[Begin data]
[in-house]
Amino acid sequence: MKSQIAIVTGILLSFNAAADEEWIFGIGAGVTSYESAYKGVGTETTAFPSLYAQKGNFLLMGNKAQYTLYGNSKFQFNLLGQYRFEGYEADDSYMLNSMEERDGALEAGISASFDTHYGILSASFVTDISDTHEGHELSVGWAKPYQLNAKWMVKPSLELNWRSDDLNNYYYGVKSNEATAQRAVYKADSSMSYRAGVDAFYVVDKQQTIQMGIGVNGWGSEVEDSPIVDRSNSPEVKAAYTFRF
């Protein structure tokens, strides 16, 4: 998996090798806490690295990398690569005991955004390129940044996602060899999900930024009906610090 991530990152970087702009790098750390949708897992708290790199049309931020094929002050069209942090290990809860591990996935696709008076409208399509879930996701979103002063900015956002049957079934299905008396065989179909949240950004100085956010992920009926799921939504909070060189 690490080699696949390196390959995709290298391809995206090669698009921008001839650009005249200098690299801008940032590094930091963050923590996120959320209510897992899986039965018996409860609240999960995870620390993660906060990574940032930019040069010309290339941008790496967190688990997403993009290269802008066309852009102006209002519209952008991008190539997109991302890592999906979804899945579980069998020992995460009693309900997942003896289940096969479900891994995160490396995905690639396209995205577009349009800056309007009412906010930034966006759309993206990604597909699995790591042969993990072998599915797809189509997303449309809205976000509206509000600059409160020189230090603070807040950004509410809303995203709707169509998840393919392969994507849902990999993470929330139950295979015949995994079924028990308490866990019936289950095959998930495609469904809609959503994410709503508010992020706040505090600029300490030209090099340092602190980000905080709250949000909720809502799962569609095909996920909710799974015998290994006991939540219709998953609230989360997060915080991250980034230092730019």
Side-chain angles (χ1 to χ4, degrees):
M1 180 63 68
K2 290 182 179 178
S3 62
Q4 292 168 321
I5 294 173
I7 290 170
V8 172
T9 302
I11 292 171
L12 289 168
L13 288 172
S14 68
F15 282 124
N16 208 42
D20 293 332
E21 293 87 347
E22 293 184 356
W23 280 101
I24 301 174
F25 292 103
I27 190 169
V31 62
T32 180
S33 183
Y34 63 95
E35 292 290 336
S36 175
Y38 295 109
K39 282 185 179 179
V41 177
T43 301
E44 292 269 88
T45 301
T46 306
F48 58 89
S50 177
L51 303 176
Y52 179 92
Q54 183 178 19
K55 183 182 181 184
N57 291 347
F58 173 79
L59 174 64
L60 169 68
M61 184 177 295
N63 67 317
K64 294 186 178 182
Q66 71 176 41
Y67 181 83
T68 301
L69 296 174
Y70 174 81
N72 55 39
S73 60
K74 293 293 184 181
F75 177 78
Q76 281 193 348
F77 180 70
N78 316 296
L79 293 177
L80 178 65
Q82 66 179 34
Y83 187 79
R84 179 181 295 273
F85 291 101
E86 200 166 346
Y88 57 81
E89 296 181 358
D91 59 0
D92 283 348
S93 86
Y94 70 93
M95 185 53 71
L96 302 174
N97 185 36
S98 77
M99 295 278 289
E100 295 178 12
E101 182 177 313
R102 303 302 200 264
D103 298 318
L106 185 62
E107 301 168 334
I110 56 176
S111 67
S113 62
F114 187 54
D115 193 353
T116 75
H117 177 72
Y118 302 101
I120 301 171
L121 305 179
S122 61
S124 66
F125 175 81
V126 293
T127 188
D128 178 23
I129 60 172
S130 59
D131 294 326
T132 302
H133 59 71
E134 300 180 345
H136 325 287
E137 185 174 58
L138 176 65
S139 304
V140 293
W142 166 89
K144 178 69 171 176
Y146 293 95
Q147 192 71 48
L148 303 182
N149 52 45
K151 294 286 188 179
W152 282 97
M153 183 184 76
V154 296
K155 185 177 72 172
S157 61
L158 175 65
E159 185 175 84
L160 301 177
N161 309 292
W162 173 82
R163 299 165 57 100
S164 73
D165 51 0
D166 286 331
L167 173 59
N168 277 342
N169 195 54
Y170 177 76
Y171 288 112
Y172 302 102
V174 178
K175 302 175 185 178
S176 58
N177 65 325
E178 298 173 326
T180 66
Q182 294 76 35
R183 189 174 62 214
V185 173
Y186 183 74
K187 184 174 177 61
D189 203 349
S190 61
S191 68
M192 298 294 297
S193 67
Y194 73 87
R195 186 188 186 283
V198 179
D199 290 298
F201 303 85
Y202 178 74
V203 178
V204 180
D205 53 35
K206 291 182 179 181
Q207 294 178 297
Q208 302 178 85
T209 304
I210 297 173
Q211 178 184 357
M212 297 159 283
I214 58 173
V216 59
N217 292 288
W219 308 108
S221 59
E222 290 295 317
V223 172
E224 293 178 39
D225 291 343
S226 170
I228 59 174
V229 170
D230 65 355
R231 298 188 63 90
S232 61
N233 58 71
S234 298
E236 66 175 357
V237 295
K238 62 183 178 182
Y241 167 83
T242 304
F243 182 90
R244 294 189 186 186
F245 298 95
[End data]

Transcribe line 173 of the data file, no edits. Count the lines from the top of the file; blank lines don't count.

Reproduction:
M212 297 159 283